This course involves study of the processes and variations of speech, language, communication and literacy skills in typically developing children and adolescents. Emphasis will be given on the assessment of and intervention with school-age children and adolescents with language and learning disorders. Units include interdisciplinary views of and issues with the child with speech, language, and communication challenges; social-emotional, cultural diversity and cognitive development.

Prerequisite: HSL 713 or permission of the instructor and/or department chair

HSL 726 - Hearing Assistive and AAC Technologies (3)

This course will address the use of assistive communication technologies designed to meet the receptive and expressive communication needs of individuals with hearing loss, as well as technology for individuals needing augmentative/alternative means of communication.

Prerequisite: Open to HSLS majors only or permission of the instructor or department chair.

HSL 746 - Clinical Applications of Sign Communication (1)

This course focuses on the clinical application of the principles of sign communication in the field of Speech-Language Pathology/Aural Rehabilitation.

Prerequisite: Open to HSLS majors only or permission of the instructor or department chair.

HSL 750 - Voice & Resonance Disorders (3)

This course focuses on voice and resonance (anatomy and physiology, including pitch, loudness, and quality), pathologies that influence voice and resonance production, strategies for assessing and for intervention that require cross-professional collaboration, and knowledge of evidence-based outcomes; issues in laryngectomy rehabilitation, tracheostomy and ventilator-dependent communication alternatives and diverse cultural issues, and a wide range of assessment and treatment interventions applicable to children and adults.

Prerequisite: Open to HSLS majors only or permission of the instructor or department chair.

HSL 751 - Stuttering (3)

Study of the etiology, theory, nature, development, and treatment of fluency disorders.

Prerequisite: Open to HSLS majors only or permission of the instructor or department chair.

HSL 753 - Motor Speech Disorders (1)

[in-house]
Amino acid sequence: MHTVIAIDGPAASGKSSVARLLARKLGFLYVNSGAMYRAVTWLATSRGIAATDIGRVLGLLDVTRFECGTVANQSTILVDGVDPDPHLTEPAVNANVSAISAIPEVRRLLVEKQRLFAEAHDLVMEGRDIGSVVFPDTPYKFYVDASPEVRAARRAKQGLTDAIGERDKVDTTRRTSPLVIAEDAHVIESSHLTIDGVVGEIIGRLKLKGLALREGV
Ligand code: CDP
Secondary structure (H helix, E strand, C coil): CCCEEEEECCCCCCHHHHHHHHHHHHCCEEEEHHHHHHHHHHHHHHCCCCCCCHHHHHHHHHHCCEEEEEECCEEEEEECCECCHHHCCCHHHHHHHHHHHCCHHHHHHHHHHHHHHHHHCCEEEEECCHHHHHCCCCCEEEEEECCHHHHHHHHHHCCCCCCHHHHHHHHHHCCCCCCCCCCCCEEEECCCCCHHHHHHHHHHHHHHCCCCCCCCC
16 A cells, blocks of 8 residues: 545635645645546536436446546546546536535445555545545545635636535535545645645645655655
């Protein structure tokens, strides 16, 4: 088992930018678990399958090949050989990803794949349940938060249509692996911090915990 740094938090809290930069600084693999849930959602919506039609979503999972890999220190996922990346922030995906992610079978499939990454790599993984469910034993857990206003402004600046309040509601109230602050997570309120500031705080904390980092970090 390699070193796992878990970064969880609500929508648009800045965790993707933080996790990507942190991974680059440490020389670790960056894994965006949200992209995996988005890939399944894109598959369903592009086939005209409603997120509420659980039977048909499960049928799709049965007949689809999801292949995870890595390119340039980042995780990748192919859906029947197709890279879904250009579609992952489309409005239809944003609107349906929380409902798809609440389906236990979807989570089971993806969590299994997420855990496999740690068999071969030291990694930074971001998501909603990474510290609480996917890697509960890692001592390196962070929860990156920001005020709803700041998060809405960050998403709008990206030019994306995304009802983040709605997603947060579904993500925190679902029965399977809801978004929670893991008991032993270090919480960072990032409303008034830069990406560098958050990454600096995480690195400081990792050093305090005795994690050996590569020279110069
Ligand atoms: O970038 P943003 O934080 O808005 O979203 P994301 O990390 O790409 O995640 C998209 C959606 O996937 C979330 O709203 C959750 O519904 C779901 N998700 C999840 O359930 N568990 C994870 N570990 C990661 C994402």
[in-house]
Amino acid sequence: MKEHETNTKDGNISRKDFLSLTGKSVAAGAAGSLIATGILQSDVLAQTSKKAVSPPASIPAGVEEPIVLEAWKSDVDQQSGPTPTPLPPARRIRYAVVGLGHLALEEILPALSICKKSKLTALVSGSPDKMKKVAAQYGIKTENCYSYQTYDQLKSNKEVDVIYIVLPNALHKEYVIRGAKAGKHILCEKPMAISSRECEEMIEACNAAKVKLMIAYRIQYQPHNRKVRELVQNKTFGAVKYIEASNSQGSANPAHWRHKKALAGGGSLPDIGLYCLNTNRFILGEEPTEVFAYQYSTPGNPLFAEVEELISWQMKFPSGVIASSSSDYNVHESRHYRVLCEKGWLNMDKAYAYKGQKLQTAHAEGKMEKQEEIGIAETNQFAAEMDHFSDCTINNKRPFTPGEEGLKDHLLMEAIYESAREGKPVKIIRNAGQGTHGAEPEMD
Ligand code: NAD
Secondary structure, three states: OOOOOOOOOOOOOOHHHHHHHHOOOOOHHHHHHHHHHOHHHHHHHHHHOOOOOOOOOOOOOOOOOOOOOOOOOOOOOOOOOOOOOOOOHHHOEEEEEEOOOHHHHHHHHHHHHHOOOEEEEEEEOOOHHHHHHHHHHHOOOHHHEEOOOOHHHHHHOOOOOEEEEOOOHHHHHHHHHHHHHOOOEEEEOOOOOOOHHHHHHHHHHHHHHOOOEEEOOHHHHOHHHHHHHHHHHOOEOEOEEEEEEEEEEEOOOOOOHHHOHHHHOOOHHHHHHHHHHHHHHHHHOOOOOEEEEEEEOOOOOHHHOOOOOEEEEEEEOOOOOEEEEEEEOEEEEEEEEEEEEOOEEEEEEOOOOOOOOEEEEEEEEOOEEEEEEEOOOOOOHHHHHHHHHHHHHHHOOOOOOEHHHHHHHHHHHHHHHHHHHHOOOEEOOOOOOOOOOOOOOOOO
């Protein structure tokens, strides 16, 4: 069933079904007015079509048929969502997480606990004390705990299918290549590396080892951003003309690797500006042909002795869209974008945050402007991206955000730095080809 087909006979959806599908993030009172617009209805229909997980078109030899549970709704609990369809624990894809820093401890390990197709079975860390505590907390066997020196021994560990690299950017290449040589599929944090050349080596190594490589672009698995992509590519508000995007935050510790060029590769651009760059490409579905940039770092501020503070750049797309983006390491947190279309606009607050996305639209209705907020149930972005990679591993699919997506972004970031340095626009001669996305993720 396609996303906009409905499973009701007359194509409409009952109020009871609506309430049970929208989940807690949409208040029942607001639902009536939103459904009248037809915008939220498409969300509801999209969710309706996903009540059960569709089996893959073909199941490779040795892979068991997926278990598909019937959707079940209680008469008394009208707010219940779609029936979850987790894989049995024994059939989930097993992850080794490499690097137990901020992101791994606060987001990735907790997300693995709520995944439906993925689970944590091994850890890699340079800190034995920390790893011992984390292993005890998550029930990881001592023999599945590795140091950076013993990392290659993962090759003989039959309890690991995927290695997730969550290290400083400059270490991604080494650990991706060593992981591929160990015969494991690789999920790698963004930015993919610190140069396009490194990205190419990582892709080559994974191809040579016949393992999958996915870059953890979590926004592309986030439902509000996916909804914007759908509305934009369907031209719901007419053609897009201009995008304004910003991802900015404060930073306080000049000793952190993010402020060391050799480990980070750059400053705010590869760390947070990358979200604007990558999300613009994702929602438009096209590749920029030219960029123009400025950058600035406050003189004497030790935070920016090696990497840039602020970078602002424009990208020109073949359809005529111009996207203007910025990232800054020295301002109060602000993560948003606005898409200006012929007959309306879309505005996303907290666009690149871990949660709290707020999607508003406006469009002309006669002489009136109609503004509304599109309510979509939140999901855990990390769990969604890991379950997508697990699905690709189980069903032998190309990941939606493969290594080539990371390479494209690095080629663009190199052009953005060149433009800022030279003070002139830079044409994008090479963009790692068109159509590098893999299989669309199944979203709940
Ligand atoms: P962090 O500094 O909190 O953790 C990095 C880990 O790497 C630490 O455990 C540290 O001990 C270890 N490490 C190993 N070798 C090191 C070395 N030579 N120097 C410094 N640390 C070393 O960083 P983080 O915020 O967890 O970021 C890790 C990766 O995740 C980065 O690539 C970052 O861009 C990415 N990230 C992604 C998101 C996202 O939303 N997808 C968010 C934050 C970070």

Motor Speech Disorders is a graduate level course involving the study of speech disorders resulting from central and/or peripheral nervous system damage. The focus of the course is differential diagnosis and management of motor speech disorders in children and adults including the dysarthrias and acquired apraxia of speech. This course will integrate academic and clinical aspects of motor speech disorders.

HSL 754 - Speech Sound Disorders (3)

Study of the research and principles associated with symptomatology, etiology, diagnosis, and treatment of speech sound disorders in children and adults. Emphasis is on a broad understanding of the effect of speech sound disorders, including multicultural issues.

Prerequisite: Open to HSLS majors only or permission of the instructor or department chair.

HSL 755 - Neurogenic Speech and Language Disorders (3)

Provides information concerning etiology, assessment, and treatment of speech and language disruptions associated with various neurological disorders. Areas to be addressed include: review of neural anatomy and physiology, description of right hemisphere communication disorders, cognitive language disorders secondary to head injury and dementia, and apraxia of speech.

Prerequisite: Open to HSLS majors only or permission of the instructor or department chair.

HSL 760 - Swallowing Disorders (3)

This course is designed to provide students with an understanding of swallowing disorders (dysphagia) and current approaches to prevention, assessment and treatment of patients with dysphagia. Included in the course topics are: anatomy and physiology of the normal and abnormal swallow with attention to each stage of the swallow; swallowing issues unique to pediatric and adult patients, and issues with caretakers within and across cultures; and contemporary research issues and outcomes. These topics will be integrated to provide students with basic knowledge and skills needed to assess and implement a treatment plan for patients with dysphagia.

Prerequisite: Open to HSLS majors only or permission of the instructor or department chair.

HSL 771 - Clinical Practicum in SLP 1 (1)